Third party storytelling helps in the understanding of the vantage points on the topic of discussion. The third party storytelling allows the reader to view the story from different perspectives. The reader can understand what the actual perspectives of the partners were in the end. It will also lead to the understanding of the main traits of the character.
The third party storytelling allows the reader to understand the main drivers of action in a certain character. Some of the characters are opaque, and one has to fit himself or herself in their shoes to understand their motivations. Therefore, third party storytelling leads to the development of a more adept understanding of the story.
The lesson learnt from this assignment is that there are numerous ways of looking at a story. Each character in a story is a representative of a different viewpoint. The vantage points in a story help a reader understand the motivation of certain courses of action. It also helps validate the activities that are undertaken.
The information obtained from the assignment is also relevant in the contexts outside the classroom. Various people are involved in any situation. In order to understand the situations better, on has to focus on the other sides and vantage points in the story. The decision-making processes that involve the adoption of different vantage points calls for the evaluation of the different points of view. The outcome of this approach is the increment of the fairness and inclusivity of the decisions.
Rao, S., Wolf, G., & Sophocles., (2004). Sophocles' Oedipus the King. Los Angeles, Calif.: J. Paul Getty Museum.
Sophocles., & Bagg, R. (1982). Oedipus the King. Amherst: University of Massachusetts Press.
Sophocles., Storr, F., Sophocles., Sophocles., & Sophocles., (2008). Oedipus trilogy. [Auckland, N.Z.]: Floating Press.
The Fresh Prince of Bel-Air Season 4 Episode 26: The Philadelphia Story
The problem stems from the fact that Will ran away from a fight against Omar four years ago. As a result, he has been labeled a coward and his reputation has suffered greatly in his absence. Being back in Philadelphia and caring about his reputation forces him to try and get into a fight with Omar, so that he can clear up his reputation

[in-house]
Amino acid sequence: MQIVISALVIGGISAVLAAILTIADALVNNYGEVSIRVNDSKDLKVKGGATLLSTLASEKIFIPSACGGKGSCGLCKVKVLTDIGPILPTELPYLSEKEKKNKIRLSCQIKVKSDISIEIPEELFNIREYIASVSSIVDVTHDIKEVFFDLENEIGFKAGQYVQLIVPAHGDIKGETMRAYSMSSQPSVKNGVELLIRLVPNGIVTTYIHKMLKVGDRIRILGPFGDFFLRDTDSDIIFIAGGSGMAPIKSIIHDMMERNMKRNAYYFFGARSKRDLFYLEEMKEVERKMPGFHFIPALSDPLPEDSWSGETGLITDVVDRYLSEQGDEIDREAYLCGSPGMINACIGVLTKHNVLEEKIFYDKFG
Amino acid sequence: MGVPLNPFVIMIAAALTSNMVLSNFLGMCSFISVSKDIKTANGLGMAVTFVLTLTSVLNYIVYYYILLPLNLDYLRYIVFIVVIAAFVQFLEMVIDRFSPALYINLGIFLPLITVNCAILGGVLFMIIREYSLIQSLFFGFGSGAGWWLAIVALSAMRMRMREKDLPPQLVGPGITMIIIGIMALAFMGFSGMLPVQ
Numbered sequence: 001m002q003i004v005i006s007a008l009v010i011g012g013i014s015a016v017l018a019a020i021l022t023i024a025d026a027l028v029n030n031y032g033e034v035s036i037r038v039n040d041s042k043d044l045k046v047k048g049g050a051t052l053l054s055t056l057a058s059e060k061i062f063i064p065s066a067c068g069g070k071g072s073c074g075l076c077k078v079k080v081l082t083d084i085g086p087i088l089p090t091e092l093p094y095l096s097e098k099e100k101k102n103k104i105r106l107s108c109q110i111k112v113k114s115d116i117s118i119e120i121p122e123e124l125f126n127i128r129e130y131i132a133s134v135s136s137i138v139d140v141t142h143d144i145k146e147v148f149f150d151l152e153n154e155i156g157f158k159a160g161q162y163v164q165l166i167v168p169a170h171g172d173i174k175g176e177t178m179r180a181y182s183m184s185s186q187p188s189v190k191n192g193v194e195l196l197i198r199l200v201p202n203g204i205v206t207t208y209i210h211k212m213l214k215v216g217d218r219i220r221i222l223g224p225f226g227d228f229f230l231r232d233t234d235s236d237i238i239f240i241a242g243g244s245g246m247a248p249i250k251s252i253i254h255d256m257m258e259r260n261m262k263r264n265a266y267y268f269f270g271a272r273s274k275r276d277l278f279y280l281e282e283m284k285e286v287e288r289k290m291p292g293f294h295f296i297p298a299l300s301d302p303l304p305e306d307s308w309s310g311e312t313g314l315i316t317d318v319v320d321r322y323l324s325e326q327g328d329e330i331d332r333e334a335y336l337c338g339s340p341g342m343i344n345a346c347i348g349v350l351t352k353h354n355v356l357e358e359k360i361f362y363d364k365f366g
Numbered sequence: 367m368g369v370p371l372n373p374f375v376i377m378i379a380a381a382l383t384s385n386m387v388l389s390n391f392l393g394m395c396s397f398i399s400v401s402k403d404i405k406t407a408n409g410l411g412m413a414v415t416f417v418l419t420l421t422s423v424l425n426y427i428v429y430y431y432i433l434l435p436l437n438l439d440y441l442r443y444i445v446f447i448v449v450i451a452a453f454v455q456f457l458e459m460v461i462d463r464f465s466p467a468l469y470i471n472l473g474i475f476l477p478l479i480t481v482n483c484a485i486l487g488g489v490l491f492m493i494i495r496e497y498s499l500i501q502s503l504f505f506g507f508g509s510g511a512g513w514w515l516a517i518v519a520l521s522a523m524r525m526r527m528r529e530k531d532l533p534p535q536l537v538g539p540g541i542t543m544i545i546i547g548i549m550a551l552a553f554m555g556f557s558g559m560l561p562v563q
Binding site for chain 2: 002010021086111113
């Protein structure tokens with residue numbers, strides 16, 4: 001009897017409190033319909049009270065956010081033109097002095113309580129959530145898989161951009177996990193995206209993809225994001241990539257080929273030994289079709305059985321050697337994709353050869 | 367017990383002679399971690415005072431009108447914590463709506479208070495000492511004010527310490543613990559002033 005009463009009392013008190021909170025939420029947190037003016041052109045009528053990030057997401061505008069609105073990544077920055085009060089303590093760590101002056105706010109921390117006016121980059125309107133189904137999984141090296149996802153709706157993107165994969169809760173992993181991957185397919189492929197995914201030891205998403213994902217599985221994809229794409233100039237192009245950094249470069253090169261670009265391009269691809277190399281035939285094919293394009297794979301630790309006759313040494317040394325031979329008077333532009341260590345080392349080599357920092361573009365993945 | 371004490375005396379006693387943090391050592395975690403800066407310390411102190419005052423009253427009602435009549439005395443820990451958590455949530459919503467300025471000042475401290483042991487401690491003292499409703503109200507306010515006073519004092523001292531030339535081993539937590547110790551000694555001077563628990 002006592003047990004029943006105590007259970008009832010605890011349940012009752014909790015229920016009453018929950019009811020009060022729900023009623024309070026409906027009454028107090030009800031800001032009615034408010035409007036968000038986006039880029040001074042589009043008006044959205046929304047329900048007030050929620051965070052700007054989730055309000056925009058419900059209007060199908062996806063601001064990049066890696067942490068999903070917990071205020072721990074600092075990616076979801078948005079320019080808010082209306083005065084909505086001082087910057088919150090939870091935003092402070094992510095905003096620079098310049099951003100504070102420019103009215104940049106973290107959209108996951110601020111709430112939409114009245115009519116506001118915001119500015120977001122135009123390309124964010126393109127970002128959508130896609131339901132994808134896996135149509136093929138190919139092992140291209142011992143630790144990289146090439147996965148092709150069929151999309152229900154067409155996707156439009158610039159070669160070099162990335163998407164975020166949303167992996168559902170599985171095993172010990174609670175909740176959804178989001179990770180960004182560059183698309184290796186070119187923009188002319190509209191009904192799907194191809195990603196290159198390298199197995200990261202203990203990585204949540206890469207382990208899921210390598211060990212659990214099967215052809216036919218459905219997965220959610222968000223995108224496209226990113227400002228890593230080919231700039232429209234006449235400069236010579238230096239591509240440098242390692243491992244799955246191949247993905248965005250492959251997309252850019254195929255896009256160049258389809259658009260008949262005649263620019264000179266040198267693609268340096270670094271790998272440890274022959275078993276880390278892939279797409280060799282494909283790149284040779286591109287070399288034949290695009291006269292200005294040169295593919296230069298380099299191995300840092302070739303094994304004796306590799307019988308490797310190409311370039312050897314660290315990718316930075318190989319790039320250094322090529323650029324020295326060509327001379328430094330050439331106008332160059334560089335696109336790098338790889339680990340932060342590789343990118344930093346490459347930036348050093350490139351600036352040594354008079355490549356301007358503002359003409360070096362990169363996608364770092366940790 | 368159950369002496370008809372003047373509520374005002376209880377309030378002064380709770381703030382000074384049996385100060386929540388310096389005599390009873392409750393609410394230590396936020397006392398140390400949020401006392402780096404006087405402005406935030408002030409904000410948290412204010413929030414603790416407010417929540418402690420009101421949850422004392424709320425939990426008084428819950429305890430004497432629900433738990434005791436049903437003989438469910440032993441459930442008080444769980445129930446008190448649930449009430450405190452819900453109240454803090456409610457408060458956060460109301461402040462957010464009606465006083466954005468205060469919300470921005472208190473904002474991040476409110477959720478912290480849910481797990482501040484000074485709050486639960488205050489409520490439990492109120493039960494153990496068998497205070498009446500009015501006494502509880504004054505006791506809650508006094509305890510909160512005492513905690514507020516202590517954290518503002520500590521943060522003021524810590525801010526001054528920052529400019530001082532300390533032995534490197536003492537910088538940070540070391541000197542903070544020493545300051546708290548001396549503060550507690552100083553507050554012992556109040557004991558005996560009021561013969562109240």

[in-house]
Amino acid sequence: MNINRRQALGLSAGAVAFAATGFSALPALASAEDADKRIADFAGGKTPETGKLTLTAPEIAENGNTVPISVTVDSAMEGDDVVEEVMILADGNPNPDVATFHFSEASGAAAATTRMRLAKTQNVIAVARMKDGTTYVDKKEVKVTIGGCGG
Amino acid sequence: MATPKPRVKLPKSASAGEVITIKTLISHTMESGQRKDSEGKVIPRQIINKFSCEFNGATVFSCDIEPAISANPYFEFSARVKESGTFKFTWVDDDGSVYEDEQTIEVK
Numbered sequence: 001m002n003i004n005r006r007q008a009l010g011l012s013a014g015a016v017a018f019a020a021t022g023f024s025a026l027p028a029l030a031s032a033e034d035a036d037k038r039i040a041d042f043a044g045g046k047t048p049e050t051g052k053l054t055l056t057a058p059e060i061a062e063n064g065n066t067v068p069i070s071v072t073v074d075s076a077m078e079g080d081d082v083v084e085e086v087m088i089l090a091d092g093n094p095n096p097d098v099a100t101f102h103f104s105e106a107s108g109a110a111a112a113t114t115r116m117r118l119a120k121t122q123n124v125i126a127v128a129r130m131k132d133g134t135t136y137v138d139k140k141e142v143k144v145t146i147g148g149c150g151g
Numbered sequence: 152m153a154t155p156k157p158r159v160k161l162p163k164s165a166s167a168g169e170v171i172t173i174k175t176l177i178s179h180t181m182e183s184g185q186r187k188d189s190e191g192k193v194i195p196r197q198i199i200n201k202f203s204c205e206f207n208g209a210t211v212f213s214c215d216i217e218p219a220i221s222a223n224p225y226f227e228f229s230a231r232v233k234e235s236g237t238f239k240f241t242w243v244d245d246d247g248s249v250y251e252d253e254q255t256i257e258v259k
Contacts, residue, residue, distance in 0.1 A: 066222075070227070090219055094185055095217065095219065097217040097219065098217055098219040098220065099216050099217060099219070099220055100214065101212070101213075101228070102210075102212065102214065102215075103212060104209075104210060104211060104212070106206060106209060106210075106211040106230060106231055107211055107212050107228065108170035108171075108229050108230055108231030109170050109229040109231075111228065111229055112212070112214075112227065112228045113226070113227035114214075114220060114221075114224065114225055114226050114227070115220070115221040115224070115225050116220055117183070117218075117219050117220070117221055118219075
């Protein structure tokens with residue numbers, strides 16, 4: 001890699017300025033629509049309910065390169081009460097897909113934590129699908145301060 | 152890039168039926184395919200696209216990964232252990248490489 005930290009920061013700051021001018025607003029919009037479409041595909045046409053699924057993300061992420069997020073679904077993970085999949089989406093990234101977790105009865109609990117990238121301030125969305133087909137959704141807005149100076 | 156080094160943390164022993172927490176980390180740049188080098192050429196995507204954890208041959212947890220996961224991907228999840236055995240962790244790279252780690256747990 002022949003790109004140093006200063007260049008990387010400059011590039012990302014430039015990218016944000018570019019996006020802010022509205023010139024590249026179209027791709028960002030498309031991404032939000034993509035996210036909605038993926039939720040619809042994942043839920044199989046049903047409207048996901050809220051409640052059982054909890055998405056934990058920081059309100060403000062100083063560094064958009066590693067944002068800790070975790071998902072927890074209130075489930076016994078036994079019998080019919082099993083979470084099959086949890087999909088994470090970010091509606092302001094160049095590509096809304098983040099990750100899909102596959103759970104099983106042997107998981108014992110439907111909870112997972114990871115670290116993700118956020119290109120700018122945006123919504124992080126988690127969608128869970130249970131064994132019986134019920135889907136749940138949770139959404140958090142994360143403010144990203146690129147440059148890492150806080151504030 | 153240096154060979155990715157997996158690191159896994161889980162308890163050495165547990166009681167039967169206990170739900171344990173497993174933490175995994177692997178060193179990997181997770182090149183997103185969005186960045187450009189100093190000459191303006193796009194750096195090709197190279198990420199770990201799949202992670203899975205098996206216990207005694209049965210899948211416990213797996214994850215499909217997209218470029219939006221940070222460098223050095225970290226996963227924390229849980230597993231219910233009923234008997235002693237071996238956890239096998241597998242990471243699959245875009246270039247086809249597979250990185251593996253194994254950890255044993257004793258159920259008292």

Although Will is willing to fight Omar, a number of complications arise from the situation. First, Will is considered a lightweight, and is virtually unable to take on Omar, who is stronger and more athletic that Will. Secondly, although he is willing to fight, Carlton strongly disagrees with will’s method of regaining his reputation. He does not believe that a fight against Omar, which most likely would injure Will terribly, is the way to go. Third, Will is on the receiving end of negative peer pressure as his old friends lead him into believing the only way to reclaim his reputation is to face off against Omar in a fight.
Will and Omar finally meet at Carol Park on the basketball courts where their conflict actually occurred four years ago. Omar, now a changed man, does not believe in violence as a means of settling disputes. Will tries hard to provoke Omar into a fight but Omar stands his ground and leaves, telling Will that he must ‘grow up’.
Omar fails to succumb to Will’s provocations, even when Will goes as far as making jokes about Omar’s mother. Will threatens to tell everybody that Omar is a ‘punk’ and, in essence, ruin Omar’s reputation. Omar asks him to go ahead and do that since he does not care about such issues. He tells Will that he must ‘grow up’, and essentially let go of the past.
Will finally comes to terms with the fact that he ran away from a fight four years ago, and that he is basically labeled a coward in his home neighborhood. He realizes how much he misses his old neighborhood and postpones leaving for Bel-Air with his uncle’s family.